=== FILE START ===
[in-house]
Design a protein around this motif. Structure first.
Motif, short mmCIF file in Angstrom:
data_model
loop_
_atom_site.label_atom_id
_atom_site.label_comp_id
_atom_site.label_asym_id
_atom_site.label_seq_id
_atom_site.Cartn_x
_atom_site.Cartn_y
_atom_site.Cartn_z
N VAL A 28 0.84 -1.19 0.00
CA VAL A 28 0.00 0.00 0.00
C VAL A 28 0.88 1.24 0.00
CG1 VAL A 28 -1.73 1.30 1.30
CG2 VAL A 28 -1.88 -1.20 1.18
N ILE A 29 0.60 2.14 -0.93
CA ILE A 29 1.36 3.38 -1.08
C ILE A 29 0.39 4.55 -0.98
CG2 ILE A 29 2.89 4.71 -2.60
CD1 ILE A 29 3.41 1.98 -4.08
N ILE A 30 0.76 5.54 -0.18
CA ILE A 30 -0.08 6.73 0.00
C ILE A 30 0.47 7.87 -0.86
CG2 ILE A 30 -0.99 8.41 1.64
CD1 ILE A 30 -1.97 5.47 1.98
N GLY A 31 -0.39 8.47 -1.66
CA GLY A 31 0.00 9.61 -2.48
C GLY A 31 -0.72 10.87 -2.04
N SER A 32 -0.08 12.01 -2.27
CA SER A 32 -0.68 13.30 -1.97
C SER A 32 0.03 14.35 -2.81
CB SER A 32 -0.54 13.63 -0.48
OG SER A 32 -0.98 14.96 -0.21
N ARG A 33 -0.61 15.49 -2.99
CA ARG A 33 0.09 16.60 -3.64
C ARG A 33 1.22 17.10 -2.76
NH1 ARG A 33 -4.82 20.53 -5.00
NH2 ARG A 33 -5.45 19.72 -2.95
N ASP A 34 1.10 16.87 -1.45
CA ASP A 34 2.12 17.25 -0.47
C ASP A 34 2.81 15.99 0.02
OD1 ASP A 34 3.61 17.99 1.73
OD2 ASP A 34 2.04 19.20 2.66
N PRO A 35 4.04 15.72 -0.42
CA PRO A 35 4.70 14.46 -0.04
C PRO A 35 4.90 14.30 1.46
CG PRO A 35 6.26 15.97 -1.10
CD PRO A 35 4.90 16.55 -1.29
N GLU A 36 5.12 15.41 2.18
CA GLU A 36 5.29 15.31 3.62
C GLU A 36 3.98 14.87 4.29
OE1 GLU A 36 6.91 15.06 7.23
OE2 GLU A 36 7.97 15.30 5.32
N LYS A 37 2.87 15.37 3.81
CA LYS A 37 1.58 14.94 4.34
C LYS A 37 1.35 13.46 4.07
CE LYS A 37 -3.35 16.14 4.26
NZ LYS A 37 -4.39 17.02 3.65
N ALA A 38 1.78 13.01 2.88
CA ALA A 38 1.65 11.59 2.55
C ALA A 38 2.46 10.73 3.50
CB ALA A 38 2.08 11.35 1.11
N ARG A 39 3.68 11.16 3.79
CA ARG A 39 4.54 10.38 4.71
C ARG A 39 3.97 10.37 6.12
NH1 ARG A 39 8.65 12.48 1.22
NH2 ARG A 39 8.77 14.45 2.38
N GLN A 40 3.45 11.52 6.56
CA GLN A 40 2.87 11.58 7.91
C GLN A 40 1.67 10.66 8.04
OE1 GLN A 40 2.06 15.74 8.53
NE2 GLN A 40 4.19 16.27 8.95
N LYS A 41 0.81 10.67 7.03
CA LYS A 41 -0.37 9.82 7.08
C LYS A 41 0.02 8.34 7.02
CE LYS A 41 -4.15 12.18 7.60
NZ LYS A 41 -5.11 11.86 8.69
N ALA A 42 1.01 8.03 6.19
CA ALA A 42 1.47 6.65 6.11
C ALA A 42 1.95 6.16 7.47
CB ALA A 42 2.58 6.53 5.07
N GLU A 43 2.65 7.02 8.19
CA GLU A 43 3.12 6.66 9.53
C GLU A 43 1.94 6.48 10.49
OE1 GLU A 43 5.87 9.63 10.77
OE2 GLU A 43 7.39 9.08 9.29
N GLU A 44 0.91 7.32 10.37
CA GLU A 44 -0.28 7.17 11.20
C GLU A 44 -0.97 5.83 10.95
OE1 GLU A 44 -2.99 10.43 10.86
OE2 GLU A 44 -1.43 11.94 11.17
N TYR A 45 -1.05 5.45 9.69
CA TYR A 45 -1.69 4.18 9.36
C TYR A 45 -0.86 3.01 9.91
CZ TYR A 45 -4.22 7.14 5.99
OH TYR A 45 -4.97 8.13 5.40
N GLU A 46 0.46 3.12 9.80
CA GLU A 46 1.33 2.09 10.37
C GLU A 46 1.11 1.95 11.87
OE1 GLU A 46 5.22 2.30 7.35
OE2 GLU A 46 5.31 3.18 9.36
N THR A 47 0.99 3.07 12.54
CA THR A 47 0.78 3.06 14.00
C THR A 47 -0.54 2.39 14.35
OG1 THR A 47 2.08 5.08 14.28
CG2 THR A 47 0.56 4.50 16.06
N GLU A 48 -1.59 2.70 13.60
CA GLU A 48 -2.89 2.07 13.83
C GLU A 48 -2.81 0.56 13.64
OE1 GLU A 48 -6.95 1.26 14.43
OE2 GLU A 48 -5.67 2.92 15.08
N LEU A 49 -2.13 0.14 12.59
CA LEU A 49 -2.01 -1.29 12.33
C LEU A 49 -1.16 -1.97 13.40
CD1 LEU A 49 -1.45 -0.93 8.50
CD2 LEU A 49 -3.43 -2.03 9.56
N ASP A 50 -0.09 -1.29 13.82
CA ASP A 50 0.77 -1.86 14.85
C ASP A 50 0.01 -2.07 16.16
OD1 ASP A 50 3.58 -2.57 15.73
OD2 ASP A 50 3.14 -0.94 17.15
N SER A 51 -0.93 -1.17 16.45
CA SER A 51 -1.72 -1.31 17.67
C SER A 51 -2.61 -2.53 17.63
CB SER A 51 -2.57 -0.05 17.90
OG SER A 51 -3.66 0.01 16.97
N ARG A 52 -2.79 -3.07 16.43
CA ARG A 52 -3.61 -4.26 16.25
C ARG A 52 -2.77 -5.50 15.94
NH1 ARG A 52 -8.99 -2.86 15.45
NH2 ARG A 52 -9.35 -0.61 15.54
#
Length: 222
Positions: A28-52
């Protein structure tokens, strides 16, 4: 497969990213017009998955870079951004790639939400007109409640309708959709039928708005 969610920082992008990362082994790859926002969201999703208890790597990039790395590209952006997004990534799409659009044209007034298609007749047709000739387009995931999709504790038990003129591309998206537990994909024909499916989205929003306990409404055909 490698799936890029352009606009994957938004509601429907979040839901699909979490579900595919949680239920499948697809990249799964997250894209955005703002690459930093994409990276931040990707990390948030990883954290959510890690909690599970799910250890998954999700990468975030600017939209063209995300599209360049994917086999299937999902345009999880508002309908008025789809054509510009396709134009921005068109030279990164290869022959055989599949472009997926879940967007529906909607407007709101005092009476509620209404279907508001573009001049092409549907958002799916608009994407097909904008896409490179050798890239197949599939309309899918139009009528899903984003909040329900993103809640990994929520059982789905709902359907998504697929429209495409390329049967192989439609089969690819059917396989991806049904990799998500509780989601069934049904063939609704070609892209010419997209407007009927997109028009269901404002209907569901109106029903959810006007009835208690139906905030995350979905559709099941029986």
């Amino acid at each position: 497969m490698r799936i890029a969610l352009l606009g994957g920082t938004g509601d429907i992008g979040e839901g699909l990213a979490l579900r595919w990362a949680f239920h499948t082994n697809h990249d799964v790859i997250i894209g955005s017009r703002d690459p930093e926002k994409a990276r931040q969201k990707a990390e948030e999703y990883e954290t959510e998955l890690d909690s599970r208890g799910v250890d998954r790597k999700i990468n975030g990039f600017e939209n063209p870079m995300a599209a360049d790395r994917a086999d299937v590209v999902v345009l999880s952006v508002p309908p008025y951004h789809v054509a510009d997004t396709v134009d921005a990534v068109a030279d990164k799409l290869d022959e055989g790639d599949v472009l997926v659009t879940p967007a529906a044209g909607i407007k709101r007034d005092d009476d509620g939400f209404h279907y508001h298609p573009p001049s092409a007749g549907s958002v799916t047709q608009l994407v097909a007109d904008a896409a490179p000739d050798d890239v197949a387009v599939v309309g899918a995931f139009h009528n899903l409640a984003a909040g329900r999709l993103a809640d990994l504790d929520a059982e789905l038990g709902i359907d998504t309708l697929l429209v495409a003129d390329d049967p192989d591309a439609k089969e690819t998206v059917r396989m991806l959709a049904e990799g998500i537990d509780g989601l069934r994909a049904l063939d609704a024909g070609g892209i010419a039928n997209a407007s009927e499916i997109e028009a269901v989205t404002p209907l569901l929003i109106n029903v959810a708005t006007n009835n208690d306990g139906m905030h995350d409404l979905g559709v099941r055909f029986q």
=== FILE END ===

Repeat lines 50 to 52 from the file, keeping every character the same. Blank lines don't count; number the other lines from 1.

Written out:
CD PRO A 35 4.90 16.55 -1.29
N GLU A 36 5.12 15.41 2.18
CA GLU A 36 5.29 15.31 3.62